Tesla and SpaceX CEO Elon Musk blasted Environmental, Social, and Governance (ESG) investing early Wednesday morning.
In response to a Fortune article about German authorities raiding the offices of Deutsche Bank over allegations of “greenwashing” — in other words, falsely exaggerating claims to corporate social responsibility — Musk commented, “I have yet to see an ESG list that *isn’t* fraudulent.”
I have yet to see an ESG list that *isn’t* fraudulent
— Elon Musk (@elonmusk) June 1, 2022
Musk’s statement on social media comes after Tesla, a company with explicit green energy goals, was snubbed from the S&P 500’s ESG Index — even as oil company Exxon Mobil remained on the list, according to CNBC. Musk has publicly criticized ESG on multiple occasions; in March, for instance, he said that ESG rules “have been twisted into insanity.”
Common ESG objectives pursued by companies include making certain green energy commitments or tapping a certain number of racial minorities to serve as executives. In essence, ESG aligns firms with a progressive agenda — even if political or social activism has nothing to do with their brand identities or corporate missions.
Nevertheless, Deutsche Bank is by no means the only firm to allegedly embellish claims of corporate wokeness.
The U.S. Securities and Exchange Commission (SEC) slapped BNY Mellon with a $1.5 million penalty last week for “misstatements and omissions” regarding ESG funds the investment bank managed. According to the agency, BNY Mellon’s investment adviser practice “represented or implied in various statements that all investments in the funds had undergone an ESG quality review” between July 2018 and September 2021, even though “that was not always the case.”
Also, last month, Stuart Kirk — the global head of responsible investing at multinational bank HSBC’s asset management division — faced heat from executives for a presentation he delivered about “why investors need not worry about climate risk.” Kirk accused public officials of trying to “out-hyperbole the next guy” by exaggerating the financial risks of climate change and likened concern over the climate to Y2K. Kirk remarked that there has always been “some nut job telling me about the end of the world” throughout his three-decade career in the finance world.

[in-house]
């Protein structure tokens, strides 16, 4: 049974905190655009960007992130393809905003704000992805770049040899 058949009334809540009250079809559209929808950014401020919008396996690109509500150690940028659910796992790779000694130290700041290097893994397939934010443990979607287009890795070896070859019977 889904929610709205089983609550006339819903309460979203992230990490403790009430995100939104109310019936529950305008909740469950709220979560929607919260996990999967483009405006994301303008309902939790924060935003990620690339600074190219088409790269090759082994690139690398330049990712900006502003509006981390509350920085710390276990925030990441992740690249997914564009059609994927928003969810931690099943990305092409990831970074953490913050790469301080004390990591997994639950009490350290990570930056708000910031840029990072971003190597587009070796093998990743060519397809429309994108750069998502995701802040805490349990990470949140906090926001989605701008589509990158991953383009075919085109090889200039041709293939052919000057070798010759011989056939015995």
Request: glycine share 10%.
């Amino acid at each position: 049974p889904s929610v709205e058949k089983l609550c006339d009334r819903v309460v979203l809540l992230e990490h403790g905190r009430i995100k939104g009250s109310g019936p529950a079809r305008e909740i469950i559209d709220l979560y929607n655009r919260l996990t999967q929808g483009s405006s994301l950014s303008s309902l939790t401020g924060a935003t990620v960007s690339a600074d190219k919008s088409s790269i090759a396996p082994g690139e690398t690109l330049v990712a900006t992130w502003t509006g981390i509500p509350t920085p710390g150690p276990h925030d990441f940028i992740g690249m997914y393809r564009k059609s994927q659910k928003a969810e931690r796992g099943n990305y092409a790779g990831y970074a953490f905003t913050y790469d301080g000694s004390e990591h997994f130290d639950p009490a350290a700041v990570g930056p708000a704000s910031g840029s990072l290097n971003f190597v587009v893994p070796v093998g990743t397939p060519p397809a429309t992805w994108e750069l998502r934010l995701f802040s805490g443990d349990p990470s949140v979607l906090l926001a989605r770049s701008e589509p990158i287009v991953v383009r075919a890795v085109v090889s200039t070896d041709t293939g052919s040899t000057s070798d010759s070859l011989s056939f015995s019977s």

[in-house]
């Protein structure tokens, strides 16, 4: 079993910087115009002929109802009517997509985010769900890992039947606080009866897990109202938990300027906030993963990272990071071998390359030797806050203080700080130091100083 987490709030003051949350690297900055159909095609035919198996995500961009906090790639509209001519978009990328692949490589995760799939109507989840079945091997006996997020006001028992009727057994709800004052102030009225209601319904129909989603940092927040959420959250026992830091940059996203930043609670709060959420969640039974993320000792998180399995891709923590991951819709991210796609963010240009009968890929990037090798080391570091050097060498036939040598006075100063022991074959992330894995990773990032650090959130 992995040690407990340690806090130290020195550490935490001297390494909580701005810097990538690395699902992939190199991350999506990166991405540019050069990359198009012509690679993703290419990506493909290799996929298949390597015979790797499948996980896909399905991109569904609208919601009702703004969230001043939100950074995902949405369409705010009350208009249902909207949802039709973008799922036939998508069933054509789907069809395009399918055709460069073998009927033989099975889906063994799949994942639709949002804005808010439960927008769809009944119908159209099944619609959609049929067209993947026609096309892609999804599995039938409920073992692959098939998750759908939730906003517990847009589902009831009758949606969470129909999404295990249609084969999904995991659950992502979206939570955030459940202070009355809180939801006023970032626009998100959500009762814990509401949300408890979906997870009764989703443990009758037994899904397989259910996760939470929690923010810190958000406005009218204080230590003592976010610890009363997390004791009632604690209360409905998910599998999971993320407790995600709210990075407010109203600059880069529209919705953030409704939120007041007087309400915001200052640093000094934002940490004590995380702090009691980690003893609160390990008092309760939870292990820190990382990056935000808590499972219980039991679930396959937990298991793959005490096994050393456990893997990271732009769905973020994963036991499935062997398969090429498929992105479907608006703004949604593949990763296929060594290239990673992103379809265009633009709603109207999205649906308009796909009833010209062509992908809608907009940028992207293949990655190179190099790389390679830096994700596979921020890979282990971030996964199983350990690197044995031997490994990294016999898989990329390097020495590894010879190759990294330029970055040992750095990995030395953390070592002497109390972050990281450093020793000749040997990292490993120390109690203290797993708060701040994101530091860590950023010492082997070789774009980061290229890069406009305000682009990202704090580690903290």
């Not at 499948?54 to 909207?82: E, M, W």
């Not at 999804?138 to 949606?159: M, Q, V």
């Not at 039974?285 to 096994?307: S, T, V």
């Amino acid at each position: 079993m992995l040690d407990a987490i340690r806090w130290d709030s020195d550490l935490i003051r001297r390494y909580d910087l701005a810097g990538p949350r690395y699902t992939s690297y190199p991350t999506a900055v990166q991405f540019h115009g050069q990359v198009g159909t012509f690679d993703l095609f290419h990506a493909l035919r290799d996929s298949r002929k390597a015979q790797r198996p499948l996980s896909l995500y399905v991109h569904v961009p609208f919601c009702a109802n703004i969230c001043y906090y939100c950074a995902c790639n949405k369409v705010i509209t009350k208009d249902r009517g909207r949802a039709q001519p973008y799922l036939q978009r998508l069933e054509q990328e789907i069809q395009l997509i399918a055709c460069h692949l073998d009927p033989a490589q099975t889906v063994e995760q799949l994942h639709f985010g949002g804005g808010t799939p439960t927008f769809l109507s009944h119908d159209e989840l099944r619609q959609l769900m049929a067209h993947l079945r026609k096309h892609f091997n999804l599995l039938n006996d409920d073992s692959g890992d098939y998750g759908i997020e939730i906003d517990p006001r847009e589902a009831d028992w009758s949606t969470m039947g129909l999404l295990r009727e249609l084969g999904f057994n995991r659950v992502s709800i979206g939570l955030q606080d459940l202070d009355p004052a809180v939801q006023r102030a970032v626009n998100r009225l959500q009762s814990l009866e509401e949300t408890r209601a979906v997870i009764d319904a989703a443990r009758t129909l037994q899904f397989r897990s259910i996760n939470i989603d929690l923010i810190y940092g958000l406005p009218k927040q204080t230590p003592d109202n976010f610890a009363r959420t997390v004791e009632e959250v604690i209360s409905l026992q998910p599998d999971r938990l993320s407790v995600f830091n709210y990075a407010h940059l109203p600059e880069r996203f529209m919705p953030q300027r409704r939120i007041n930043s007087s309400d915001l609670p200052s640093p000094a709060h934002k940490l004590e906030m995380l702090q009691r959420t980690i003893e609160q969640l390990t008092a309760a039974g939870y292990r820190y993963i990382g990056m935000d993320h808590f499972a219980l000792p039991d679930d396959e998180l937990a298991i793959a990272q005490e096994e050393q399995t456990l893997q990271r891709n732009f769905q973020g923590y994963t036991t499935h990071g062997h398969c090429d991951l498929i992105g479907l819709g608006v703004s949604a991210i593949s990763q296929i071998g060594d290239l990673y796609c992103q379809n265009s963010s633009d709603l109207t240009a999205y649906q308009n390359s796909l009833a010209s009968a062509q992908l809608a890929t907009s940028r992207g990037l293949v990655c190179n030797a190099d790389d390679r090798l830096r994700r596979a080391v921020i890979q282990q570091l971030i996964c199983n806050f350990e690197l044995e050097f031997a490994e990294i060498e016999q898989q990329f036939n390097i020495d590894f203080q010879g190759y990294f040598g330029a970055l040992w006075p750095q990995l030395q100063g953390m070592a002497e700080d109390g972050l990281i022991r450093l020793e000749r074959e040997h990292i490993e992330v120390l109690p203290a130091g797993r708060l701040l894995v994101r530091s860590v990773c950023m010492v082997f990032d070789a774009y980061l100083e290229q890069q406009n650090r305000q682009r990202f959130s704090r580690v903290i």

Though many Americans want companies to advance certain causes beyond their bottom lines, an exclusive Daily Wire poll conducted by Echelon Insights showed last week that most American investors would rather see companies pursue profits rather than pontificating on political matters.
While 29% of respondents to the poll agreed it is a “good thing” for companies to leverage their financial power for political or social means supported by executives, 58% — twice as many — said it is a “bad thing.” The Daily Wire poll also found that most investors prefer to focus on profits instead of ESG when they choose assets of their own — and most believe that other investors should have the same opportunity.
However, leading asset management companies like BlackRock, Vanguard, and State Street — which oversee a collective $21 trillion in value — often use their clients’ funds for purported ESG goals. In response, entrepreneur Vivek Ramaswamy recently launched a company called Strive to push an “excellence capitalism” approach focused solely on profits.
“Depoliticizing corporate America should not be a left-wing or right-wing issue,” Ramaswamy told The Daily Wire last week. “It has nothing to do with partisan politics. An apolitical private sector is a requirement for an otherwise divided country to be able to come together. It’s a sort of sanctuary away from politics. Once we lose that, it’s the beginning of the end of the American experiment. Large asset managers like BlackRock are largely responsible for it.”